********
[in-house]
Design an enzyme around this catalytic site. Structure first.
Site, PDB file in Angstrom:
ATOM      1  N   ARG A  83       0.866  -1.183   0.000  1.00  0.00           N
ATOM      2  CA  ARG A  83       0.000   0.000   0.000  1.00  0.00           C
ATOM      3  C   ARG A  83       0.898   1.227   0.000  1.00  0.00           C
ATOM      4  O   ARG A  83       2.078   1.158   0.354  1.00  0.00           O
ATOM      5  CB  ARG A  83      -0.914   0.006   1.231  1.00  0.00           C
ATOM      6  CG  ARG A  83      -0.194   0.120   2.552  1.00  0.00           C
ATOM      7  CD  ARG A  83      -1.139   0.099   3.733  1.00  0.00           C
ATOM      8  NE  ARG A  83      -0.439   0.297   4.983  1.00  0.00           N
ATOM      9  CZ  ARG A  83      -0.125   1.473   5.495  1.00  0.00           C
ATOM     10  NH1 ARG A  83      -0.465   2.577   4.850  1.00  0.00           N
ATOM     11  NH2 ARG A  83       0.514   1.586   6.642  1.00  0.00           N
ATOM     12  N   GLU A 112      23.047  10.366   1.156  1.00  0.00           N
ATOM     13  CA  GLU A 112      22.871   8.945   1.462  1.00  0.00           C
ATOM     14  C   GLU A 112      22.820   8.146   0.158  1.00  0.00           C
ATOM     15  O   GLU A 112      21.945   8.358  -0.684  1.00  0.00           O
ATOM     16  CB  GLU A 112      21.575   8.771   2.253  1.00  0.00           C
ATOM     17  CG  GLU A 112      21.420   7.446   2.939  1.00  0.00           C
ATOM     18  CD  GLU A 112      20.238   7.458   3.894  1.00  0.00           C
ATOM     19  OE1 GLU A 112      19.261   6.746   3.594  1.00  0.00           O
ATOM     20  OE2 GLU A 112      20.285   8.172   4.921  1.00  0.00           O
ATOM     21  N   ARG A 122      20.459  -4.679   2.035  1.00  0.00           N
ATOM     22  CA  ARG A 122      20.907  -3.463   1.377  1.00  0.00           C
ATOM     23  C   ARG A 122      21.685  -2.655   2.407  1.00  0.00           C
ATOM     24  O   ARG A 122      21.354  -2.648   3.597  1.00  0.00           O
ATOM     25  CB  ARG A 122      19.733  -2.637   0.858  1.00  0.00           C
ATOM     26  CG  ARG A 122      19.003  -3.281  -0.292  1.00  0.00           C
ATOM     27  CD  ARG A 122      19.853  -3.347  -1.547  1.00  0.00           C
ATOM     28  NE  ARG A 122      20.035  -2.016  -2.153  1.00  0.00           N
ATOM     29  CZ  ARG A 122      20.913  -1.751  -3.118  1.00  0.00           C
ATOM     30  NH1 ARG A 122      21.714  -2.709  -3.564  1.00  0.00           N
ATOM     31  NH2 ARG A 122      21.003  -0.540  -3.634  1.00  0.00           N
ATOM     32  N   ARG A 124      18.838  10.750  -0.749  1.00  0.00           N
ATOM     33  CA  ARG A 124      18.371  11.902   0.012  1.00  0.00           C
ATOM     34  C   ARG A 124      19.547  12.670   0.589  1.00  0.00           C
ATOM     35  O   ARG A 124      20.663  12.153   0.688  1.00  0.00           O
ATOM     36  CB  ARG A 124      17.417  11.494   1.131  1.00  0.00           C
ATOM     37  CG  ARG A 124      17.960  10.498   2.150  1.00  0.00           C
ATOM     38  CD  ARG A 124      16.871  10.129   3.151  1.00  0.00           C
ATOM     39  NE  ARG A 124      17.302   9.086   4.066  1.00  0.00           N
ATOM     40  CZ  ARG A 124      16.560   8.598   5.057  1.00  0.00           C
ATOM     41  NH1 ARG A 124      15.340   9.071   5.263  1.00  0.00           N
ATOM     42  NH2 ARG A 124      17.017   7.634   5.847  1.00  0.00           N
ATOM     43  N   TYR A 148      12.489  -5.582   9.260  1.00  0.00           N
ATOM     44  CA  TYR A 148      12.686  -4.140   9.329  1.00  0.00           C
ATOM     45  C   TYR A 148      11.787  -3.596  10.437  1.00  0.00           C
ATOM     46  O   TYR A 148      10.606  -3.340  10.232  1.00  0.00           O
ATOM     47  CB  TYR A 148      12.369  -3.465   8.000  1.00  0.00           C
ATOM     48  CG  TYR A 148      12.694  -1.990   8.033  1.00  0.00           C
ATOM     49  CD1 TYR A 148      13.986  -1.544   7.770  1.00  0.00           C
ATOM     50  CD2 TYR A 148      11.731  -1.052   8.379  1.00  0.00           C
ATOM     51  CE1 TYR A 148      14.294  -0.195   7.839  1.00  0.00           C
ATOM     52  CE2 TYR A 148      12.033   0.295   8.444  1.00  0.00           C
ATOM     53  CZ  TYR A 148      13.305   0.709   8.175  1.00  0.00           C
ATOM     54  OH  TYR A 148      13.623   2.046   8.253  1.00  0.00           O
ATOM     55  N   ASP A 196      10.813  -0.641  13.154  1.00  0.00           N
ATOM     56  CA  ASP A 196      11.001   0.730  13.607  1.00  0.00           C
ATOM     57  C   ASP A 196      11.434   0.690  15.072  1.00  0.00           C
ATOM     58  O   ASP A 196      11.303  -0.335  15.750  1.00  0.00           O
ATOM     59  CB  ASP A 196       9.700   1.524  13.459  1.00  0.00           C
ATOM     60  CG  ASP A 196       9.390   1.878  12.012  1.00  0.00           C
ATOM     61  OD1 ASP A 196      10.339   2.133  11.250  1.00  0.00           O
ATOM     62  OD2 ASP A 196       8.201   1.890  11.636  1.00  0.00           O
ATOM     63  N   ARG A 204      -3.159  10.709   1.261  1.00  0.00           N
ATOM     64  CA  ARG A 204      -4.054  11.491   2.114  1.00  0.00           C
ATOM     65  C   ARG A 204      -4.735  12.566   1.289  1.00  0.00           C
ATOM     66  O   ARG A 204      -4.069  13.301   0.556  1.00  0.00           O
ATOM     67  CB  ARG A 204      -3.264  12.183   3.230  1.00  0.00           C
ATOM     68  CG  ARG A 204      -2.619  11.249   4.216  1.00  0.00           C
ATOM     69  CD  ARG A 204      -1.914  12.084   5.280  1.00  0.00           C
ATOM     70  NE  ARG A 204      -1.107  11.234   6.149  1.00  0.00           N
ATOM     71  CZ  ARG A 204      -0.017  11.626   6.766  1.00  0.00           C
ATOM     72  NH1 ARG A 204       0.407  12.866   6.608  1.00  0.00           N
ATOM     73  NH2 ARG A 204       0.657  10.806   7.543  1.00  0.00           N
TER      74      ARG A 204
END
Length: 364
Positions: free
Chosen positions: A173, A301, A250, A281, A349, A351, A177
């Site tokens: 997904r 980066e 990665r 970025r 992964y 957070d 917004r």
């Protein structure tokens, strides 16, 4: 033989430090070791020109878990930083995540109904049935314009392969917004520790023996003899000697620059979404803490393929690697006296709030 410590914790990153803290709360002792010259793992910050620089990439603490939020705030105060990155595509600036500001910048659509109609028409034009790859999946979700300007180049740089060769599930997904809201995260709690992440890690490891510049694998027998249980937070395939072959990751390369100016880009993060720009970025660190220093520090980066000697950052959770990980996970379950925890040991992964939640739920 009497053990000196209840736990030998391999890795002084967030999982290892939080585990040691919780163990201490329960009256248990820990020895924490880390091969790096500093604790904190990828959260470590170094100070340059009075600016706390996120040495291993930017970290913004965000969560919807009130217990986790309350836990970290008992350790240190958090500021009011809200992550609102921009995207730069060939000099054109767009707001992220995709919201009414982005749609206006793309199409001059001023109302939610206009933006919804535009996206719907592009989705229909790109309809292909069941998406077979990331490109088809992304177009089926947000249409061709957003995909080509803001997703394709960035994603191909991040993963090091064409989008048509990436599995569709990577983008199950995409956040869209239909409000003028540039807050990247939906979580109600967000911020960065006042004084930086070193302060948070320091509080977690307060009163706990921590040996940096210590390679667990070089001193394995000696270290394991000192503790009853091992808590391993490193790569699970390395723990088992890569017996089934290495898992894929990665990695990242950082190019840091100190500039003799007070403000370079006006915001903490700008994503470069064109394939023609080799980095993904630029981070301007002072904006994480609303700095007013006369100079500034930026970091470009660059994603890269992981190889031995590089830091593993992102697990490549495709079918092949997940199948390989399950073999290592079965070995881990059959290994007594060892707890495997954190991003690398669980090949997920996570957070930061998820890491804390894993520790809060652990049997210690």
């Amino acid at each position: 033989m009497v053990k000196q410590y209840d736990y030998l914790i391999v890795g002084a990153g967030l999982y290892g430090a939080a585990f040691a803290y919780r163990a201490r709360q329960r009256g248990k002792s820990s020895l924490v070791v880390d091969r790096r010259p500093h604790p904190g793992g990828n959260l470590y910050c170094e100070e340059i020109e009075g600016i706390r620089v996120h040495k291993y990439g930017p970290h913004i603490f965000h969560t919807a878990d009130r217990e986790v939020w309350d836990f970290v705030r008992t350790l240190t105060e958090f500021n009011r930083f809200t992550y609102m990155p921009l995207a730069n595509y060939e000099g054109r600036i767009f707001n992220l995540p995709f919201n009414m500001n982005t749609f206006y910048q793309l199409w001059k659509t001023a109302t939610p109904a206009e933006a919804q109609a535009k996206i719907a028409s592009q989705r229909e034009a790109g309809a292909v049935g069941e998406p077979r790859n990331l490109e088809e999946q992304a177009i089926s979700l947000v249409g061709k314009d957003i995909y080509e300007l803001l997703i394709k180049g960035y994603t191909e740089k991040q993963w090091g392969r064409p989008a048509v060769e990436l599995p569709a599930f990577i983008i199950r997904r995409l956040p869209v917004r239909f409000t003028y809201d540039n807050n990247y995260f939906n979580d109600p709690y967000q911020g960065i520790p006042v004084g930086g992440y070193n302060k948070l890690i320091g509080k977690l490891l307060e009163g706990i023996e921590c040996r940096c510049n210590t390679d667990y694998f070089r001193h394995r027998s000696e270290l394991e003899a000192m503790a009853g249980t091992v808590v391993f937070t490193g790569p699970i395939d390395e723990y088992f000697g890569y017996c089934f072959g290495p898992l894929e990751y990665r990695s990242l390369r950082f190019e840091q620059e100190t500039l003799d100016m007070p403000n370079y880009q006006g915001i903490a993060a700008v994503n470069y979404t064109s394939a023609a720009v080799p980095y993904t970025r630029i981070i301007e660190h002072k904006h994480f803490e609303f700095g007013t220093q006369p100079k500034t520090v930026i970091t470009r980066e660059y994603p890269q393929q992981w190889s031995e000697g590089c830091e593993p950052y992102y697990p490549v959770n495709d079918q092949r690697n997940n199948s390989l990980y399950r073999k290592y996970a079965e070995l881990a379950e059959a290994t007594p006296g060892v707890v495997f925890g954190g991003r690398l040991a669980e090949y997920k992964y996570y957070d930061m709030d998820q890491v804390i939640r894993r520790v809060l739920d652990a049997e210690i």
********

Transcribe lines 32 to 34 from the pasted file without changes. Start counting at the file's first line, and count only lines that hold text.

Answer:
ATOM     29  CZ  ARG A 122      20.913  -1.751  -3.118  1.00  0.00           C
ATOM     30  NH1 ARG A 122      21.714  -2.709  -3.564  1.00  0.00           N
ATOM     31  NH2 ARG A 122      21.003  -0.540  -3.634  1.00  0.00           N